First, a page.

Domenico Angelo on Choosing a Blade

From “The School of Fencing” from 1787. This text discusses the use of the small sword for recreation and in earnest.

How to Chose a Blade and It’s Proper Length

I thought it necessary, before I set down any rules for the use of the sword, to premise a few word, not only how to mount a sword, but likewise upon the choice of a blade; for, with a bad sword in hand, bad consequences may ensue, be the person ever so courageous, and active. Some are for flat, others for hollow blades; whatever pains were taken with the former, I seldom or every found them light at the point; it is therefore difficult to render them light in hand; I would, nevertheless, recommend the use of them in battle, either horse or foot; but in a single combat, the hollow blade is preferable, because of its lightness, and ease in the handling.

A person should proportion his sword to his height and strength, and the longest ought no to exceed thirty-eight inches from pommel to point.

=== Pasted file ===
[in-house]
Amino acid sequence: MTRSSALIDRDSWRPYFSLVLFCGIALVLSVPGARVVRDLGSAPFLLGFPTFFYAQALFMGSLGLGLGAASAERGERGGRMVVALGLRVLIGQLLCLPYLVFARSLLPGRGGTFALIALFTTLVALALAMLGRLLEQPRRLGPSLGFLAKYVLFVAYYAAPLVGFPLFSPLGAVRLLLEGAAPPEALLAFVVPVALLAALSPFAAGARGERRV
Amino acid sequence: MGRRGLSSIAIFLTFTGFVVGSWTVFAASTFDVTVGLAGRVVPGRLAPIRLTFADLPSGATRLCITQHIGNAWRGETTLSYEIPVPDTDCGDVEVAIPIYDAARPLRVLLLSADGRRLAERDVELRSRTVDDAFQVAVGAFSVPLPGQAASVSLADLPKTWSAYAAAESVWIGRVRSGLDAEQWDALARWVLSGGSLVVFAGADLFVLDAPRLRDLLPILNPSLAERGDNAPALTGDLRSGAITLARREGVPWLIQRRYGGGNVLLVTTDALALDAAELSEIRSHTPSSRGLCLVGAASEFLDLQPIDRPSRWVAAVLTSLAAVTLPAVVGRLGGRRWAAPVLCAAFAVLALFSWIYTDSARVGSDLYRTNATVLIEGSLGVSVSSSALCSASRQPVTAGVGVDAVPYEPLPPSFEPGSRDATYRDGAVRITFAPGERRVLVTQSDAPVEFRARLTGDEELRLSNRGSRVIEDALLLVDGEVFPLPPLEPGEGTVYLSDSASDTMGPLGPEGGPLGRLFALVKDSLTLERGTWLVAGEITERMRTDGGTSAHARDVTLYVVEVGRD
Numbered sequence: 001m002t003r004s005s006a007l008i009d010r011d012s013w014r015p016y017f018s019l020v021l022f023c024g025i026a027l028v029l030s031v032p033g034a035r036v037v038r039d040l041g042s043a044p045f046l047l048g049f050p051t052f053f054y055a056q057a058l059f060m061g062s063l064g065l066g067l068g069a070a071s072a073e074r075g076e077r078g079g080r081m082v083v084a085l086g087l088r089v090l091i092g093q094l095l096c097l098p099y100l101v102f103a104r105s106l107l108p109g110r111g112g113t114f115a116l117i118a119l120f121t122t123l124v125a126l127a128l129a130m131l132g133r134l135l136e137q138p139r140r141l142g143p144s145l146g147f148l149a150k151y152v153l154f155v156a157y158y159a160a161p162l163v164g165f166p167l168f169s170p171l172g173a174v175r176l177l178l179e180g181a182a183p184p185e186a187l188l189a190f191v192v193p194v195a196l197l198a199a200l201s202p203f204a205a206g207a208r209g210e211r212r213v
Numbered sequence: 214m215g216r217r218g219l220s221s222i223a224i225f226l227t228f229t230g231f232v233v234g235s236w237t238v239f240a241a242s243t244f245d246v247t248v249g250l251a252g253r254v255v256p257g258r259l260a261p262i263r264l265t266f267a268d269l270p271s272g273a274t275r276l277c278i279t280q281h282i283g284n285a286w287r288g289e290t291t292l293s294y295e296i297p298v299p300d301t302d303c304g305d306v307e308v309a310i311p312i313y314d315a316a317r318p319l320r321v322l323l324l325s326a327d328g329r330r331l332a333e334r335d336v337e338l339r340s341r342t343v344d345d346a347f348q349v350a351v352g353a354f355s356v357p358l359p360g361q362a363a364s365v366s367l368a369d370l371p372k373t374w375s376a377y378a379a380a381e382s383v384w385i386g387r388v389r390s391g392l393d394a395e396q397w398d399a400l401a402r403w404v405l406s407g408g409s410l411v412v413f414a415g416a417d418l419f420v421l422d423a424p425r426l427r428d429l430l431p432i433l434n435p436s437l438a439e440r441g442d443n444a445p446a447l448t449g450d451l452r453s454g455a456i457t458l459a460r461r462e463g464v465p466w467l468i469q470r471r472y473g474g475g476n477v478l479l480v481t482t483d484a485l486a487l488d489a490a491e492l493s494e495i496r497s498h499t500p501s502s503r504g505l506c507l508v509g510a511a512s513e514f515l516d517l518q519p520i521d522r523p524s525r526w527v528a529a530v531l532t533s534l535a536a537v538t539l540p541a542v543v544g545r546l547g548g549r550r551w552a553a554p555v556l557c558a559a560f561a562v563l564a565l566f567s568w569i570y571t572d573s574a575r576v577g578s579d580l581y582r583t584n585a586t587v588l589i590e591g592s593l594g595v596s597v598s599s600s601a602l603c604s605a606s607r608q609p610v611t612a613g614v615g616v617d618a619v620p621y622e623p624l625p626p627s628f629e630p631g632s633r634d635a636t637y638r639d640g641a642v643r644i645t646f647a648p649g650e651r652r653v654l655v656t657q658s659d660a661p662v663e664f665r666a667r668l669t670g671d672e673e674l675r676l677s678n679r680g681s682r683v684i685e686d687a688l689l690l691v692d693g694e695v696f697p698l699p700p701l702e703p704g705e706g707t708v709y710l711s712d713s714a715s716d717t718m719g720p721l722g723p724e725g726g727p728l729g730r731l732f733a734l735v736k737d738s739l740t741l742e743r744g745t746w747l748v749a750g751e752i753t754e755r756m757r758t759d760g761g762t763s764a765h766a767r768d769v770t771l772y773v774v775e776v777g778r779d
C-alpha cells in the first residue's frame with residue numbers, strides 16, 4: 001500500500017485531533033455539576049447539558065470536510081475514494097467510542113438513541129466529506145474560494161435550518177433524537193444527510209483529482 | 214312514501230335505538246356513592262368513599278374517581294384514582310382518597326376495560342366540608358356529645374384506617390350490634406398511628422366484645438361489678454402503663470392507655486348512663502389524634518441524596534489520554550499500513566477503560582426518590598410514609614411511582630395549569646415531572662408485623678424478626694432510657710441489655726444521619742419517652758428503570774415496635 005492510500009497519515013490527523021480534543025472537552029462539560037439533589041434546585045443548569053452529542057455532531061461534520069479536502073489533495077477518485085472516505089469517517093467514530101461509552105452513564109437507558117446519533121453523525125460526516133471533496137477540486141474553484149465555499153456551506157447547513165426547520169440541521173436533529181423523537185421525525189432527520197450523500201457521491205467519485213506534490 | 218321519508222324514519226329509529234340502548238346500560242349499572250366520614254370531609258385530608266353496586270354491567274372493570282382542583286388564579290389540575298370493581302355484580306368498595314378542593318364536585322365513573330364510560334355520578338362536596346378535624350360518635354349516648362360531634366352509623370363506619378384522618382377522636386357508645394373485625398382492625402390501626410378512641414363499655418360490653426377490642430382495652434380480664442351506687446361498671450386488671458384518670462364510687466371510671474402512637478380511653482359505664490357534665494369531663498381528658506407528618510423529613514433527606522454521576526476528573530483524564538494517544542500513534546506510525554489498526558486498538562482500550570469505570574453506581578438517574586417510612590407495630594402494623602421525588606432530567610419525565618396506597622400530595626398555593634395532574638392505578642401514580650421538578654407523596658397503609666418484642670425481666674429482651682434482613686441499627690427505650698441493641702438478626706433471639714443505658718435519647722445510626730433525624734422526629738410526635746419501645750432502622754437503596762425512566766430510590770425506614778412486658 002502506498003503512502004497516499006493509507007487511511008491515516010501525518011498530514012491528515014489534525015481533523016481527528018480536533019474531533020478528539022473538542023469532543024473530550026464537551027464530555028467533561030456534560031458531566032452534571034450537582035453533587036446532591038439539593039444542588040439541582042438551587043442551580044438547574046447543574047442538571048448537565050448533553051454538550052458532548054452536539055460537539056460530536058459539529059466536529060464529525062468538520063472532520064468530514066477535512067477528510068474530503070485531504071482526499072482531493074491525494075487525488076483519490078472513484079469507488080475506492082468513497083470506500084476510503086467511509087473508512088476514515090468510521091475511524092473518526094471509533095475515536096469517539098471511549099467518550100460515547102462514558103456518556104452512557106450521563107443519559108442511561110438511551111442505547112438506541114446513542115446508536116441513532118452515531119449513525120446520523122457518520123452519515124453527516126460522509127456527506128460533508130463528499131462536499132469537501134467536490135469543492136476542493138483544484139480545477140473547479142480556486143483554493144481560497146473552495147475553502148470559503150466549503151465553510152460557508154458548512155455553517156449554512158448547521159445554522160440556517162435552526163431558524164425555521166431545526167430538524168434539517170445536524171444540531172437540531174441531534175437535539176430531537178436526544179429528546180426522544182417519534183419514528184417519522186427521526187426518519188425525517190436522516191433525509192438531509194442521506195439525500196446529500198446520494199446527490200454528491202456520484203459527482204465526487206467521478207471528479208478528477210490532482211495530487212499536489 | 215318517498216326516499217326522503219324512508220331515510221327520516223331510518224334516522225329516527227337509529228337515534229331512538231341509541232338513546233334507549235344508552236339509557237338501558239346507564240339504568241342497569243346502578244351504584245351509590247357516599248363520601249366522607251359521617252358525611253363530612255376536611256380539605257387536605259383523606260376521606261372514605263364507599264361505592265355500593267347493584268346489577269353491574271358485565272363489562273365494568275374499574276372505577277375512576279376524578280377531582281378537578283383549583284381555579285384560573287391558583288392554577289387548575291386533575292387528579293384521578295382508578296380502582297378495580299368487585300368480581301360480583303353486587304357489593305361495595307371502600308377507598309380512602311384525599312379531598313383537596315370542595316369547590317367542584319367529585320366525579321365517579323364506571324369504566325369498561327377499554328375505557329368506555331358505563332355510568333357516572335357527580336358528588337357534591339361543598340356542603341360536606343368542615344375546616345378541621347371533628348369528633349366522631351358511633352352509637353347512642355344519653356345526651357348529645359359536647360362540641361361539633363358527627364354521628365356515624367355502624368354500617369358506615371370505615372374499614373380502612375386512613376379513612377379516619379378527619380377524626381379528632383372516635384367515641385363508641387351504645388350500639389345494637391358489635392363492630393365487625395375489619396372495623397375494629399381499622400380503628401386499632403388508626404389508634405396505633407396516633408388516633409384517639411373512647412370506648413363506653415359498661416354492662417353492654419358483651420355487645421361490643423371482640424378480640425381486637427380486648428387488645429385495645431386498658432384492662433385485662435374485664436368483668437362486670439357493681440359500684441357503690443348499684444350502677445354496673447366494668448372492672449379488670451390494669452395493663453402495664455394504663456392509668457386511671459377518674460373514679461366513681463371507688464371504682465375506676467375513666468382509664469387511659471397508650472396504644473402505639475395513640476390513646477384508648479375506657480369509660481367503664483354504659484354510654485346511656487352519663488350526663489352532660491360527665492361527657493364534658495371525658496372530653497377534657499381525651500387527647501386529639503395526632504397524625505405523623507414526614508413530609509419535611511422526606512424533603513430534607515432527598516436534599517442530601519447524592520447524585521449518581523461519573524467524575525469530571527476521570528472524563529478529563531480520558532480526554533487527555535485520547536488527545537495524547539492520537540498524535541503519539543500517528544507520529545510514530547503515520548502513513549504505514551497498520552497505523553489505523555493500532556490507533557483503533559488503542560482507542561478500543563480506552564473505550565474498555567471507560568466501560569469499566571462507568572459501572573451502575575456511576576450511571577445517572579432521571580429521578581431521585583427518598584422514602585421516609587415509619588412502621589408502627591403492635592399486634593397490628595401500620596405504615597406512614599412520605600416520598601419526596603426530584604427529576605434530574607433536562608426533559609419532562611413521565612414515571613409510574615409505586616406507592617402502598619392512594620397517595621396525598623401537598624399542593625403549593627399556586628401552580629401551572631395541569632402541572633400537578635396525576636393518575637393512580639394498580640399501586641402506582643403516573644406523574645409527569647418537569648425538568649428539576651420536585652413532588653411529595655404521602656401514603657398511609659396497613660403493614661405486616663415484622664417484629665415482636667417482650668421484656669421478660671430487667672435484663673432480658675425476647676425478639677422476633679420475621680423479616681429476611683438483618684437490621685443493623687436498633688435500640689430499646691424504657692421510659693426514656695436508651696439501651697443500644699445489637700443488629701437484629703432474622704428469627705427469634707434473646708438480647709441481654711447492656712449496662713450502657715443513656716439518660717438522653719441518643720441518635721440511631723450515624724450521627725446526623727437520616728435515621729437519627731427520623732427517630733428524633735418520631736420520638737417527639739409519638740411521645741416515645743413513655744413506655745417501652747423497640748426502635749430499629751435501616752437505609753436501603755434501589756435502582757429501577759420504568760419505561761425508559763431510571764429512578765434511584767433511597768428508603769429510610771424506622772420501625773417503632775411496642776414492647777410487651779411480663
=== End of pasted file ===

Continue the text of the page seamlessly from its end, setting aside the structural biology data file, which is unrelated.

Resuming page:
It is an error to think that the long sword hath the advantage; for if a determined adversary artfully gets the feeble of your blade, and closes it well, by advancing, it would be a difficult matter for him who has the long sword to disengage his point, without drawing in the arm, which motion, if well timed, would give the other with the short sword an opportunity of taking advantage thereof.

You should not fail in observing, when you chose your blade, that there be no flaws in it; these flaws appear like black hollow spots, some long ways, other cross the blade; the first of these are frequently the cause of the blade’s breaking.

The temper of the blade is to tried by bending it against any thing, and it is a bad sign when the bending begins at the point; a good blade will generally form a half circle, to within a foot of the shell, and spring straight again; if it should remain in any degree bent, it is a sign the temper of the blade is too soft; but though it is a fault, these blades seldom break. Those which are stubborn in the bending are badly tempered, often break, and very easily.

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